Hip Hop's Inheritance
From the Harlem Renaissance to the Hip Hop Feminist Movement
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About the author
Reiland Rabaka is an associate professor of Africana Studies in the Department of Ethnic Studies at the University of Colorado, Boulder, where he is also an affiliate professor in the Women and Gender Studies Program and a Research Fellow at the Center for Studies of Ethnicity and Race in America (CSERA). He is the author of several books, including: Du Bois's Dialectics (2008); Africana Critical Theory (2009); Forms of Fanonism (2010); and, Against Epistemic Apartheid (2010). He is also the recipient of the Cheikh Anta Diop Distinguished Career Award.
Hip Hop's Inheritance arguably offers the first book-length treatment of what hip hop culture has, literally, 'inherited' from the Harlem Renaissance, the Black Arts movement, the Feminist Art movement, and 1980s and 1990s postmodern aesthetics. By comparing and contrasting the major motifs of the aforementioned cultural aesthetic traditions with those of hip hop culture, all the while critically exploring the origins and evolution of black popular culture from antebellum America through to 'Obama's America,' Hip Hop's Inheritance demonstrates that the hip hop generation is not the first generation of young black (and white) folk preoccupied with spirituality and sexuality, race and religion, entertainment and athletics, or ghetto culture and bourgeois culture. Taking interdisciplinarity and intersectionality seriously, Hip Hop's Inheritance employs the epistemologies and methodologies from a wide range of academic and organic intellectual/activist communities in its efforts to advance an intellectual history and critical theory of hip hop culture. Drawing from academic and organic intellectual/activist communities as diverse as African American studies and women's studies, postcolonial studies and sexuality studies, history and philosophy, politics and economics, and sociology and ethnomusicology, Hip Hop's Inheritance calls into question one-dimensional and monodisciplinary interpretations or, rather, misinterpretations, of a multidimensional and multivalent form of popular culture that has increasingly come to include cultural criticism, social commentary, and political analysis.
; March 2011
302 pages; ISBN 9780739164822Read online
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Title: Hip Hop's Inheritance
Author: Reiland Rabaka
Chapter 1 Preface and Acknowledgments: Of the Black Souls Who Sang Neo-Sorrow Songs at the Dawn of the Twenty-First Century
Chapter 2 Chapter 1: “It's Bigger Than Hip Hop!”: Toward a Critical Theory of Hip Hop Culture and Contemporary Society
Chapter 3 Chapter 2: “Civil Rights by Copyright” (Da ReMix!): From the Harlem Renaissance to the Hip Hop Generation
Chapter 4 Chapter 3: “Say It Loud! — I'm Black and I'm Proud!”: From the Black Arts Movement and Blaxploitation Films to the Conscious and Commercial Rap of the Hip Hop Generation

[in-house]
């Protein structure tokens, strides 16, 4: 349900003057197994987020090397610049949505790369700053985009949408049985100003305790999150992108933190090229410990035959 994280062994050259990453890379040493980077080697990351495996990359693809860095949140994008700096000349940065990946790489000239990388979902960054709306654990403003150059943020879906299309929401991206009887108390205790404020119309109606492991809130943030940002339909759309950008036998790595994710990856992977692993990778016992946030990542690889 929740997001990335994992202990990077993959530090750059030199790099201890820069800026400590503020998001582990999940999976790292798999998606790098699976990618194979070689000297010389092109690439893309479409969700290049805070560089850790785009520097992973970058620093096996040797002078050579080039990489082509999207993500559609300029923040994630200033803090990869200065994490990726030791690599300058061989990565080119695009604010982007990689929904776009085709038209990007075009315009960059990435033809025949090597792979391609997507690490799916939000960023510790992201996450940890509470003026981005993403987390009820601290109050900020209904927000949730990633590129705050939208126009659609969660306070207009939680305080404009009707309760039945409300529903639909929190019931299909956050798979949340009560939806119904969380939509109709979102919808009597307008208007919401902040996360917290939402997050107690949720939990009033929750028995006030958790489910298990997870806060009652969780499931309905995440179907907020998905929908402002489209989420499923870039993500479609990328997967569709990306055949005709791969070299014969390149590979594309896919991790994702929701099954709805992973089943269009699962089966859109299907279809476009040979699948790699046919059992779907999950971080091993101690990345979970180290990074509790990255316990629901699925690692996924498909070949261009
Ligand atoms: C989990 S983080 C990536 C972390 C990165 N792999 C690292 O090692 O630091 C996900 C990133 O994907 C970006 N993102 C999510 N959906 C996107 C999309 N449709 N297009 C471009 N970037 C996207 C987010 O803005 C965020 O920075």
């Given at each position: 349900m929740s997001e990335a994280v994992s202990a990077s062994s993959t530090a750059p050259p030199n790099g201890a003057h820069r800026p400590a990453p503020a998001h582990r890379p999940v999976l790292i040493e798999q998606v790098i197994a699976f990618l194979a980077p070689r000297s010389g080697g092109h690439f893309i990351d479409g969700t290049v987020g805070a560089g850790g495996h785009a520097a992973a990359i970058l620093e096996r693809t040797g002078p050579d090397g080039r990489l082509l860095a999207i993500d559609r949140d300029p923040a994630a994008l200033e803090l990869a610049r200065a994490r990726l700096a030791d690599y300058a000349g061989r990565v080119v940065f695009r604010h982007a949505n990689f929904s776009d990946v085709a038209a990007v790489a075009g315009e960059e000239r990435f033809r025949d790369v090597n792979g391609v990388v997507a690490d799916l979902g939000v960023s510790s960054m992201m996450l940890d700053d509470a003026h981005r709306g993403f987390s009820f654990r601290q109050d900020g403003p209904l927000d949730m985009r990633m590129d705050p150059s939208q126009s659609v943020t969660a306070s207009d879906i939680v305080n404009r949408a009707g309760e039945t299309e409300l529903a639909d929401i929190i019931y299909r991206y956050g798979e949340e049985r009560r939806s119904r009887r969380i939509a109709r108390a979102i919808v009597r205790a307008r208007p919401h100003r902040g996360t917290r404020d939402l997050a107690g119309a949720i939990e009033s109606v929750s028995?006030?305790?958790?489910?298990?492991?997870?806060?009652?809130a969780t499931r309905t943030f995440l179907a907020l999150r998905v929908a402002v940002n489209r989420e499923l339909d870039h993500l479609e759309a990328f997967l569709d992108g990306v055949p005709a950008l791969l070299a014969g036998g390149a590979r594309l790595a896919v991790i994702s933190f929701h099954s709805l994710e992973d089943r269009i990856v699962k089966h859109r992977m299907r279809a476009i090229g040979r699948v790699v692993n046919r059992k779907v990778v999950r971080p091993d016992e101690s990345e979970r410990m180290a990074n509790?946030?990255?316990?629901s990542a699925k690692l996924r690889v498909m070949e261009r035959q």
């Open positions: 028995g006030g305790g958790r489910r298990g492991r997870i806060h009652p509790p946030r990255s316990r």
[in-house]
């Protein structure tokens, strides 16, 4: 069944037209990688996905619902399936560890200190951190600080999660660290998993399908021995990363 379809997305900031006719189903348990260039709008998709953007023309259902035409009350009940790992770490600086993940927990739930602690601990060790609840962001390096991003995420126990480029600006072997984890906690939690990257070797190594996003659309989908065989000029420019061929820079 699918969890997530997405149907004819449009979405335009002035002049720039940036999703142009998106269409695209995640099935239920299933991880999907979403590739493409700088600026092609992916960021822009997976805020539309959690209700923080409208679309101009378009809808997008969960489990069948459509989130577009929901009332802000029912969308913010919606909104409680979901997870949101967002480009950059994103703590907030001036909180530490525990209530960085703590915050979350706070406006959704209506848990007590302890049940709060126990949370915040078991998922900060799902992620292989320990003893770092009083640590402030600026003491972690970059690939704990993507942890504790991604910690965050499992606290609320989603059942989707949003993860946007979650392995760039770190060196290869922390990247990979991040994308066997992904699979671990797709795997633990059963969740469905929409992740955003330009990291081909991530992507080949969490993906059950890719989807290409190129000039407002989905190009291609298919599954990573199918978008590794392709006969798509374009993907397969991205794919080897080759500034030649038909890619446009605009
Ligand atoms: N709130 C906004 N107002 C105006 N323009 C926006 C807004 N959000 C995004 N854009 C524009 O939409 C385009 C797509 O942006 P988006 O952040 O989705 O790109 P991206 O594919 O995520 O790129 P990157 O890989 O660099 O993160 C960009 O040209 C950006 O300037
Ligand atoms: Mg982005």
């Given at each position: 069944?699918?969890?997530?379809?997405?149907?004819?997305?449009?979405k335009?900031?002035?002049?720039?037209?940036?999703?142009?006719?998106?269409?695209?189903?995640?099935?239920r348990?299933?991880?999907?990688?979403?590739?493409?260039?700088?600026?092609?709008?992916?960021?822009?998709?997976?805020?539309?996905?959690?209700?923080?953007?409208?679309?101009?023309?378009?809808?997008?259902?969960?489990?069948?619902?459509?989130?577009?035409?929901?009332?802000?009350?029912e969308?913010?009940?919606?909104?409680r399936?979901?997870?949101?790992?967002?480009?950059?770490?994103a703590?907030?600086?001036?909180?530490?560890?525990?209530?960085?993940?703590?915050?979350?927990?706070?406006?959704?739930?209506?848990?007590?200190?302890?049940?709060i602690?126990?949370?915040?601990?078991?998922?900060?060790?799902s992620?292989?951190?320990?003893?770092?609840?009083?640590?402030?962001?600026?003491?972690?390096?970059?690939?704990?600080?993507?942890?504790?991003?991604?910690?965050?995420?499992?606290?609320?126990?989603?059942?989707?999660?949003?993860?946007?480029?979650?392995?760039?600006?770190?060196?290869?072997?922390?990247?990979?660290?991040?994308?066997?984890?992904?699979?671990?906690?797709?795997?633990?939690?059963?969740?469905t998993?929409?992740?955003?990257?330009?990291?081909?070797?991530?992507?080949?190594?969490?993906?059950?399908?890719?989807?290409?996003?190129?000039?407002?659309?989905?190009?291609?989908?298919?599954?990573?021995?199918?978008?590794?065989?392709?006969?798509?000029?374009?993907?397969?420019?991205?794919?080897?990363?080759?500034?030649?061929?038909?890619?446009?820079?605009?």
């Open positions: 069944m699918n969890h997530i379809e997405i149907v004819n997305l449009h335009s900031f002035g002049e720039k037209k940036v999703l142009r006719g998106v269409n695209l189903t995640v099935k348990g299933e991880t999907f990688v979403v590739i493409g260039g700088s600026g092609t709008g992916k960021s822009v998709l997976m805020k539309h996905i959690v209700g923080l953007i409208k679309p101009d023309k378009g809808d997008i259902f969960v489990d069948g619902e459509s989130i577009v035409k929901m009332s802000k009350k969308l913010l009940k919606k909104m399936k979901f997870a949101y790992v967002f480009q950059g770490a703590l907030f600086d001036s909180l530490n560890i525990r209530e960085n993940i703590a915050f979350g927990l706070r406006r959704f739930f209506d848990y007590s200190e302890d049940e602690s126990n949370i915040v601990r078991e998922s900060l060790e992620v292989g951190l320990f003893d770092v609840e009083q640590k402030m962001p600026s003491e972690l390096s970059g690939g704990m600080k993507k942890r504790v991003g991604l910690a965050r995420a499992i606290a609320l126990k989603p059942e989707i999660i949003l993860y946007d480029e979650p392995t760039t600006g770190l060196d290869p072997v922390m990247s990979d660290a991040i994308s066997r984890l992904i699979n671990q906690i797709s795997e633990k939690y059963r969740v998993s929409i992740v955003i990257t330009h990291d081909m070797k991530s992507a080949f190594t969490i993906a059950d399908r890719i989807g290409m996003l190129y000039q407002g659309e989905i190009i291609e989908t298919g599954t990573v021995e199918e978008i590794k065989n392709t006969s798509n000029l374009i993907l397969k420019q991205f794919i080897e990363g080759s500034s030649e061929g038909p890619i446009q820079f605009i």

Chapter 5 Chapter 4: “The Personal Is Political!” (Da Hip Hop Feminist ReMix): From the Black Women's Liberation and Feminist Art Movements to the Hip Hop Feminist Movement
Chapter 6 Chapter 5: Is Hip Hop Dead? or, At the Very Least, Dying?: On the Pitfalls of Postmodernism, the Riddles of Contemporary Rap Music,and the Continuing Conundrums of Hip Hop Culture
In the press
Rabaka (Univ. of Colorado, Boulder) offers a sweeping historical assessment of cultural ideologies connecting hip-hop to artistic innovations of the Harlem Renaissance and Black Arts movements. He mobilizes cultural theorists — Baraka, Foucault, DuBois, Jameson, Said, Fanon, Hurston — to describe the evolution of African American intellectual and cultural history via 'radical humanism, and democratic socialism.' Sprawling overviews of Africana critical theory, feminist theory, and queer theory imagine 'anti-racist, anti-capitalist, anti-colonialist, and sexual orientation-sensitive critical theory of contemporary society.' The author provides interesting, if diffuse, discussion of gay literary voices in the Harlem Renaissance in relation to the contemporary homo-hop movement; Black Arts Movement members' perception of the 'aesthetic radicalism of the Harlem Renaissance'; and the 'black aesthetic' sensibility that ''authentic' black art was always historically grounded, politically engaged, socially uplifting, and consciousness-raising.' In exploring the relationships between the black women's liberation, feminist art, and hip-hop feminist movements, Rabaka mines work by Patricia Collins. In a final chapter, he considers postmodernist approaches to popular culture while asserting that 'rap music re-Africanizes and reanimates African American music, all the while continuing the African Americanization of mainstream American music and popular culture....' Summing Up: Recommended. Upper-division undergraduates, graduate students.